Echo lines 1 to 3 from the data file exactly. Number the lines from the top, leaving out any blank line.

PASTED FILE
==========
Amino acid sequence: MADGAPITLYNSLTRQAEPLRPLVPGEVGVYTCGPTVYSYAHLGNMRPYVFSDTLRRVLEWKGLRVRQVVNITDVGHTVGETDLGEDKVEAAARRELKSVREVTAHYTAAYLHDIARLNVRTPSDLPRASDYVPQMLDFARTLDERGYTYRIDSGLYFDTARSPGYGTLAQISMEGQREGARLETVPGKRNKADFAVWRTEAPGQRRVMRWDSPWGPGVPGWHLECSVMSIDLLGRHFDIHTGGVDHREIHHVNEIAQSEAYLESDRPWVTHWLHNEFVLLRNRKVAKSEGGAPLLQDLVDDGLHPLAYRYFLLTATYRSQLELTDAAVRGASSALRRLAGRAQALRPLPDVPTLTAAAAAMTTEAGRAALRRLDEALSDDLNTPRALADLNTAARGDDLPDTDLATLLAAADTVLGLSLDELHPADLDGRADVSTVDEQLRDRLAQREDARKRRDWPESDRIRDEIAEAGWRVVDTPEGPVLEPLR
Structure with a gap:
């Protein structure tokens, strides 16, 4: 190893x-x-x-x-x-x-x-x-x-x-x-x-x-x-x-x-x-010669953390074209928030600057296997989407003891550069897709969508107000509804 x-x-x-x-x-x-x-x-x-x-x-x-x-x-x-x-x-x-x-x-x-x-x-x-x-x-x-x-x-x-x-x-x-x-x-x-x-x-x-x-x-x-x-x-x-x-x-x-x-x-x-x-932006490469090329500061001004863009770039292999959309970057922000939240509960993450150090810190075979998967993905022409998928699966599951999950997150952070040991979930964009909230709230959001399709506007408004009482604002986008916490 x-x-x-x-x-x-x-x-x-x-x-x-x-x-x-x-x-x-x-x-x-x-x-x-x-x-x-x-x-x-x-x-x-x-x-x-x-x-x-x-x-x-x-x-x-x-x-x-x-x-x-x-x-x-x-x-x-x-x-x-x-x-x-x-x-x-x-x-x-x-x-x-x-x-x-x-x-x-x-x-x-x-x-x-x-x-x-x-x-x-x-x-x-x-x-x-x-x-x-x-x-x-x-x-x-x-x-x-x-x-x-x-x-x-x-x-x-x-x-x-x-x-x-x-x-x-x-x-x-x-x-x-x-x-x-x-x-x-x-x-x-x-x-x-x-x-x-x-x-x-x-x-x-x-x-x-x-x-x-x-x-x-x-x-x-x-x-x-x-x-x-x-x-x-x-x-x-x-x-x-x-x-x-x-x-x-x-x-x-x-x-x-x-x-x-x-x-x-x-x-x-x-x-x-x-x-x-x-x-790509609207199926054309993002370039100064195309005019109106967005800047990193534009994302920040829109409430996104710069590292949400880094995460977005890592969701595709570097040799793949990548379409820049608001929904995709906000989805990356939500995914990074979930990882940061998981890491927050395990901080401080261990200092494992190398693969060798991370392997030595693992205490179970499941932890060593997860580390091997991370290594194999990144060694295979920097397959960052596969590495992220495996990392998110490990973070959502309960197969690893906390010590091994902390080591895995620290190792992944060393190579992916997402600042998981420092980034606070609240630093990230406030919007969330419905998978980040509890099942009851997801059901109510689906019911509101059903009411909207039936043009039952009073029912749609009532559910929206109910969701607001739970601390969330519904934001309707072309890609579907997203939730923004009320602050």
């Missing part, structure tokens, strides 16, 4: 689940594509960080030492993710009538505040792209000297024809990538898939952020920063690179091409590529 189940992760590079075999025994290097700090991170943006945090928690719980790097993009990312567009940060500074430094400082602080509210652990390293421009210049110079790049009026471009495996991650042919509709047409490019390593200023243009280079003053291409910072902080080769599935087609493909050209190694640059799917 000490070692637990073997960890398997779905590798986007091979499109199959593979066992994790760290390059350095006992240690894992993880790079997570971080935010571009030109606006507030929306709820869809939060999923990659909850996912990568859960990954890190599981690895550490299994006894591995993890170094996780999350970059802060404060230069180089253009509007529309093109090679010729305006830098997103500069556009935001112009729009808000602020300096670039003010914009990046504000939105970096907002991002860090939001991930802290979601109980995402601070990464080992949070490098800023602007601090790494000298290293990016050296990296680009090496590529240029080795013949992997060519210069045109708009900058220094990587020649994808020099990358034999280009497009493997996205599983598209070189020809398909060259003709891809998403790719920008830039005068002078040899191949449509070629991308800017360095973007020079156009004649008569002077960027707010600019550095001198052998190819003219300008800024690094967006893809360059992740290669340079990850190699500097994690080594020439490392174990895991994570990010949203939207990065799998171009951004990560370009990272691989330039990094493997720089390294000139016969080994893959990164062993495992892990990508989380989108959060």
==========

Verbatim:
Amino acid sequence: MADGAPITLYNSLTRQAEPLRPLVPGEVGVYTCGPTVYSYAHLGNMRPYVFSDTLRRVLEWKGLRVRQVVNITDVGHTVGETDLGEDKVEAAARRELKSVREVTAHYTAAYLHDIARLNVRTPSDLPRASDYVPQMLDFARTLDERGYTYRIDSGLYFDTARSPGYGTLAQISMEGQREGARLETVPGKRNKADFAVWRTEAPGQRRVMRWDSPWGPGVPGWHLECSVMSIDLLGRHFDIHTGGVDHREIHHVNEIAQSEAYLESDRPWVTHWLHNEFVLLRNRKVAKSEGGAPLLQDLVDDGLHPLAYRYFLLTATYRSQLELTDAAVRGASSALRRLAGRAQALRPLPDVPTLTAAAAAMTTEAGRAALRRLDEALSDDLNTPRALADLNTAARGDDLPDTDLATLLAAADTVLGLSLDELHPADLDGRADVSTVDEQLRDRLAQREDARKRRDWPESDRIRDEIAEAGWRVVDTPEGPVLEPLR
Structure with a gap:
């Protein structure tokens, strides 16, 4: 190893x-x-x-x-x-x-x-x-x-x-x-x-x-x-x-x-x-010669953390074209928030600057296997989407003891550069897709969508107000509804 x-x-x-x-x-x-x-x-x-x-x-x-x-x-x-x-x-x-x-x-x-x-x-x-x-x-x-x-x-x-x-x-x-x-x-x-x-x-x-x-x-x-x-x-x-x-x-x-x-x-x-x-932006490469090329500061001004863009770039292999959309970057922000939240509960993450150090810190075979998967993905022409998928699966599951999950997150952070040991979930964009909230709230959001399709506007408004009482604002986008916490 x-x-x-x-x-x-x-x-x-x-x-x-x-x-x-x-x-x-x-x-x-x-x-x-x-x-x-x-x-x-x-x-x-x-x-x-x-x-x-x-x-x-x-x-x-x-x-x-x-x-x-x-x-x-x-x-x-x-x-x-x-x-x-x-x-x-x-x-x-x-x-x-x-x-x-x-x-x-x-x-x-x-x-x-x-x-x-x-x-x-x-x-x-x-x-x-x-x-x-x-x-x-x-x-x-x-x-x-x-x-x-x-x-x-x-x-x-x-x-x-x-x-x-x-x-x-x-x-x-x-x-x-x-x-x-x-x-x-x-x-x-x-x-x-x-x-x-x-x-x-x-x-x-x-x-x-x-x-x-x-x-x-x-x-x-x-x-x-x-x-x-x-x-x-x-x-x-x-x-x-x-x-x-x-x-x-x-x-x-x-x-x-x-x-x-x-x-x-x-x-x-x-x-x-x-x-x-x-x-790509609207199926054309993002370039100064195309005019109106967005800047990193534009994302920040829109409430996104710069590292949400880094995460977005890592969701595709570097040799793949990548379409820049608001929904995709906000989805990356939500995914990074979930990882940061998981890491927050395990901080401080261990200092494992190398693969060798991370392997030595693992205490179970499941932890060593997860580390091997991370290594194999990144060694295979920097397959960052596969590495992220495996990392998110490990973070959502309960197969690893906390010590091994902390080591895995620290190792992944060393190579992916997402600042998981420092980034606070609240630093990230406030919007969330419905998978980040509890099942009851997801059901109510689906019911509101059903009411909207039936043009039952009073029912749609009532559910929206109910969701607001739970601390969330519904934001309707072309890609579907997203939730923004009320602050």